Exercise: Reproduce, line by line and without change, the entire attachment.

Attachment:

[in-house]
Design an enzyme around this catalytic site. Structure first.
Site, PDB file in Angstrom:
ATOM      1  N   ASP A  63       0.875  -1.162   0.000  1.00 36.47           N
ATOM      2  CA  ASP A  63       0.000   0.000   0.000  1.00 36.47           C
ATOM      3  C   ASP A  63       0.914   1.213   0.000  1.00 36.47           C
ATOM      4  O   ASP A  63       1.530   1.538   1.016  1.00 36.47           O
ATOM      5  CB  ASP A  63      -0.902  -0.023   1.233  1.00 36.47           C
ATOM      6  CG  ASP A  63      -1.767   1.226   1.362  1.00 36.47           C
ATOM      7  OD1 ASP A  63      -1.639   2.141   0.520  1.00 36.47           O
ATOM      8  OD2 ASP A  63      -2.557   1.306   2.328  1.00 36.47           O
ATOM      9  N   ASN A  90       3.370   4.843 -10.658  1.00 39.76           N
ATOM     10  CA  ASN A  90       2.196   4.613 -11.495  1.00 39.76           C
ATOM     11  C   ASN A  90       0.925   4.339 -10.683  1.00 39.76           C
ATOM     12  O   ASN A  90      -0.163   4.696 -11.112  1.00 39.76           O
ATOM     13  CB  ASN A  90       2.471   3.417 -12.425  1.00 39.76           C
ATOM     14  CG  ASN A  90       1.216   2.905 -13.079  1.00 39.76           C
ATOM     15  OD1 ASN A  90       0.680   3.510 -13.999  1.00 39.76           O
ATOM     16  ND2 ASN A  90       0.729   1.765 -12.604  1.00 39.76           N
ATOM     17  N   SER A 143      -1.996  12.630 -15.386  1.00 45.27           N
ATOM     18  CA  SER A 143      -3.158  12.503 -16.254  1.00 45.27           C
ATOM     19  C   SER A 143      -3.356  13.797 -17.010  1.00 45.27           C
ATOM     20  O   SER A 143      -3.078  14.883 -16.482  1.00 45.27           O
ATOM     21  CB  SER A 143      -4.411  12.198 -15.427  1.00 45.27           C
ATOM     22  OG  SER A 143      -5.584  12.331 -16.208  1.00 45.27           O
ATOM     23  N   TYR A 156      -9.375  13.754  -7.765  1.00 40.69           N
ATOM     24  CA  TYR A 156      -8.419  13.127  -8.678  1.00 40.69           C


[in-house]
Design an enzyme around this catalytic site. Structure first.
Site, PDB file in Angstrom:
ATOM      1  N   ASP A  63       0.875  -1.162   0.000  1.00 36.47           N
ATOM      2  CA  ASP A  63       0.000   0.000   0.000  1.00 36.47           C
ATOM      3  C   ASP A  63       0.914   1.213   0.000  1.00 36.47           C
ATOM      4  O   ASP A  63       1.530   1.538   1.016  1.00 36.47           O
ATOM      5  CB  ASP A  63      -0.902  -0.023   1.233  1.00 36.47           C
ATOM      6  CG  ASP A  63      -1.767   1.226   1.362  1.00 36.47           C
ATOM      7  OD1 ASP A  63      -1.639   2.141   0.520  1.00 36.47           O
ATOM      8  OD2 ASP A  63      -2.557   1.306   2.328  1.00 36.47           O
ATOM      9  N   ASN A  90       3.370   4.843 -10.658  1.00 39.76           N
ATOM     10  CA  ASN A  90       2.196   4.613 -11.495  1.00 39.76           C
ATOM     11  C   ASN A  90       0.925   4.339 -10.683  1.00 39.76           C
ATOM     12  O   ASN A  90      -0.163   4.696 -11.112  1.00 39.76           O
ATOM     13  CB  ASN A  90       2.471   3.417 -12.425  1.00 39.76           C
ATOM     14  CG  ASN A  90       1.216   2.905 -13.079  1.00 39.76           C
ATOM     15  OD1 ASN A  90       0.680   3.510 -13.999  1.00 39.76           O
ATOM     16  ND2 ASN A  90       0.729   1.765 -12.604  1.00 39.76           N
ATOM     17  N   SER A 143      -1.996  12.630 -15.386  1.00 45.27           N
ATOM     18  CA  SER A 143      -3.158  12.503 -16.254  1.00 45.27           C
ATOM     19  C   SER A 143      -3.356  13.797 -17.010  1.00 45.27           C
ATOM     20  O   SER A 143      -3.078  14.883 -16.482  1.00 45.27           O
ATOM     21  CB  SER A 143      -4.411  12.198 -15.427  1.00 45.27           C
ATOM     22  OG  SER A 143      -5.584  12.331 -16.208  1.00 45.27           O
ATOM     23  N   TYR A 156      -9.375  13.754  -7.765  1.00 40.69           N
ATOM     24  CA  TYR A 156      -8.419  13.127  -8.678  1.00 40.69           C